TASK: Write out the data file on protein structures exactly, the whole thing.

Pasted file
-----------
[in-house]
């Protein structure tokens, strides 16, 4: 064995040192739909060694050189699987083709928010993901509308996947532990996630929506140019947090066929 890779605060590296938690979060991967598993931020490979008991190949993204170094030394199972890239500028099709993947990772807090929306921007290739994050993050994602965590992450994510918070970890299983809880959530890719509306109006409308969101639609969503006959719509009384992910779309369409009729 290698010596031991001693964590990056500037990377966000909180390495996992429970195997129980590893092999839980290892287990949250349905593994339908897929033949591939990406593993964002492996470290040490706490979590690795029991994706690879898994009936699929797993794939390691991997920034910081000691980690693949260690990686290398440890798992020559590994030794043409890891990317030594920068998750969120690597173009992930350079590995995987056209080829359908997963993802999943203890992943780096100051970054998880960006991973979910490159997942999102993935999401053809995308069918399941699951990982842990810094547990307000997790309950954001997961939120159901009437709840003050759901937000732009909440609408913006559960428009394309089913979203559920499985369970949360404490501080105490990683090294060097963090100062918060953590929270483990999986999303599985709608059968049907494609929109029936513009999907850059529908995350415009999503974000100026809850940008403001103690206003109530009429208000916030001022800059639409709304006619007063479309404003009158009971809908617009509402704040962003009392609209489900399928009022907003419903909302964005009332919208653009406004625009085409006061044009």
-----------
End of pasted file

[in-house]
């Protein structure tokens, strides 16, 4: 064995040192739909060694050189699987083709928010993901509308996947532990996630929506140019947090066929 890779605060590296938690979060991967598993931020490979008991190949993204170094030394199972890239500028099709993947990772807090929306921007290739994050993050994602965590992450994510918070970890299983809880959530890719509306109006409308969101639609969503006959719509009384992910779309369409009729 290698010596031991001693964590990056500037990377966000909180390495996992429970195997129980590893092999839980290892287990949250349905593994339908897929033949591939990406593993964002492996470290040490706490979590690795029991994706690879898994009936699929797993794939390691991997920034910081000691980690693949260690990686290398440890798992020559590994030794043409890891990317030594920068998750969120690597173009992930350079590995995987056209080829359908997963993802999943203890992943780096100051970054998880960006991973979910490159997942999102993935999401053809995308069918399941699951990982842990810094547990307000997790309950954001997961939120159901009437709840003050759901937000732009909440609408913006559960428009394309089913979203559920499985369970949360404490501080105490990683090294060097963090100062918060953590929270483990999986999303599985709608059968049907494609929109029936513009999907850059529908995350415009999503974000100026809850940008403001103690206003109530009429208000916030001022800059639409709304006619007063479309404003009158009971809908617009509402704040962003009392609209489900399928009022907003419903909302964005009332919208653009406004625009085409006061044009």